Did any of that teach him to dig in his heels and fight for what he wanted? No, I think not.
Did any of that mean that, should he fail, he might plummet down and hit rock bottom, and not have a rich dad to call for a bailout? No, I think not.
Did he ever know what it really meant to risk? Again, no, I think not.
So did he really succeed? Or did he simply put his feet into the large impressions left by his father's phantom size 13s? Again, I have to say that I think the answer is no.
Part the second: why did the previously-apolitical Romney get into politics in the first place? It seems we can blame his wife and his father. Ann Romney urged him to run in his first race, against the late Senator Ted Kennedy, in 1994. And we are also told that Mitt wanted to follow in his father's footsteps, or perhaps place his feet into the aforementioned large footprints that man's shade endlessly left for him to fill.
Mitt Romney lost, of course: 58 to 41, which, while it was
Teddy's worst election return ever, was hardly a squeaker. And by the time it
was over, an apparently demoralized Mitt Romney told his brother "I never want
to run for something again unless I can win."
(It's that risk thing, you see. He doesn't seem to like it, which is unusual since a lot of business involves risk. But, again, if it falls though, and a bailout's just a call away, then is it really risk?)
Subsequent runs would prove more fruitful, as his experience in Massachusetts proves. And while he took a bit of a drubbing in the 2008 election, eventually losing out to McCain in February of that year, he left as what could be called a Serious Contender, and went back to doing what he did best.
Namely, making money, and laying the groundwork for the next run at the presidential nomination.
Part the third, let's talk about what happens when you try to secure the party's nomination. At some point, after the initial press conferences are over, and you're sitting around with your advisers and your advisers' advisers and media consultants and caterers, you have to take stock of the tremendous undertaking you've just embarked upon.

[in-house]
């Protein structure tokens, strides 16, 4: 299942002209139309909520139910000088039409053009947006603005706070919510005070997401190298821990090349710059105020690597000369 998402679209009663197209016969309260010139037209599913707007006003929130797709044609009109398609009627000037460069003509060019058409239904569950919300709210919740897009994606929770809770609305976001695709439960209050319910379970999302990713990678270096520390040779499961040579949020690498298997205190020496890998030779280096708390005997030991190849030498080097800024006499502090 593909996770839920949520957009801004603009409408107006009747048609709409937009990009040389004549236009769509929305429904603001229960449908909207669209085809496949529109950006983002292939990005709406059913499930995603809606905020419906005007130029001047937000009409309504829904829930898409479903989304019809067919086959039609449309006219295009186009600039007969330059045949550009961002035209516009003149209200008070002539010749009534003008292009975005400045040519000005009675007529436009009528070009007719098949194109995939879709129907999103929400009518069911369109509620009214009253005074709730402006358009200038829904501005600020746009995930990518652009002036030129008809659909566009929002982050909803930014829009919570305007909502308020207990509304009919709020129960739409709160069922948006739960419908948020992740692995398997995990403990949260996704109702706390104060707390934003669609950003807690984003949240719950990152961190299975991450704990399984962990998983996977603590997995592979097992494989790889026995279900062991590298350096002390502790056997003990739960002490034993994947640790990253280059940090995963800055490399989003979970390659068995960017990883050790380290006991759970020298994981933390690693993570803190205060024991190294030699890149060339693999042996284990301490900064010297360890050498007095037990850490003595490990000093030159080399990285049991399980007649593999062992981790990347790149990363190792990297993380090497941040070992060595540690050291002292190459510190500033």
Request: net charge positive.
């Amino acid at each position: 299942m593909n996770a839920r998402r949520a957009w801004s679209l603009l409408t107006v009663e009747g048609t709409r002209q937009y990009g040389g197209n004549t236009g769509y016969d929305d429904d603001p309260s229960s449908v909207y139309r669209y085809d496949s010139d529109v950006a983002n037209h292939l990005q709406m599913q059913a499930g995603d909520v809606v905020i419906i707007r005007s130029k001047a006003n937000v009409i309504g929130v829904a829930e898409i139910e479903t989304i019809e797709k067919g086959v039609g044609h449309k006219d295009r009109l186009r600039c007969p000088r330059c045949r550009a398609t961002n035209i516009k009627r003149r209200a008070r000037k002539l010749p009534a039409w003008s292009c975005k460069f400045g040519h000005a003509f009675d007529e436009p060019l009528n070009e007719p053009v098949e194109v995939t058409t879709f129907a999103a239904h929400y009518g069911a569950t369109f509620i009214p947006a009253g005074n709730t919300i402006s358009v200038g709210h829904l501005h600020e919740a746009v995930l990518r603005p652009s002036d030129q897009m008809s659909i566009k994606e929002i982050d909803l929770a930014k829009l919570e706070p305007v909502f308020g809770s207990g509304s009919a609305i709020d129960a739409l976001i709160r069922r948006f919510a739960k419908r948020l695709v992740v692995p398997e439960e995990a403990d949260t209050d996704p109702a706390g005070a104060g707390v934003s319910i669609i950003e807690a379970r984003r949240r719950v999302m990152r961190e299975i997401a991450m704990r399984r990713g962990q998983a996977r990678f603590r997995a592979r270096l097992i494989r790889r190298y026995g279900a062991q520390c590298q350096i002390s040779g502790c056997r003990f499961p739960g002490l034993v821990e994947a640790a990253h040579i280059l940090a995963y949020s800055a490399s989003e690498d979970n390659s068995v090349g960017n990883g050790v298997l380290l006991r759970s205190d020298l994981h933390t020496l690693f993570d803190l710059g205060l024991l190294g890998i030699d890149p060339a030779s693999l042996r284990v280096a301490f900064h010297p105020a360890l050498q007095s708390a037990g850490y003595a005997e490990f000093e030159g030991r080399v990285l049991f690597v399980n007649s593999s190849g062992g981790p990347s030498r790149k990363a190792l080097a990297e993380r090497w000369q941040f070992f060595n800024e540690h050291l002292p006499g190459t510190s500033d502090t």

And then you have to ask what you're going to do when you lose.
Pessimistic? Not really. The math is simple: if you run for the candidacy, and there's more than a few people doing it, then there's a good chance you won't make it. The Republicans started out with 12 worthies, this time around, some of whom left early and some of whom jumped onto someone else's train.
So why would Mitt Romney, who doesn't want to run for
anything unless he can win, try out for something like this?
Because even if you lose you still win, provided you stay in long enough.
You get your name out to the public, provided it wasn't out there already. You make allies and contacts, and turn them into networks. You make the right friends, and find out who your real friends are. You also learn, by extension, who your enemies are, and -- hopefully -- how to turn them into allies.
Yes, you hemorrhage cash like it was water flowing through a sieve. But in the process you get backers, and learn who's willing to throw parties in your name, or just hand over the big bucks. And it's not like you won't make more money ever again, now, is it?
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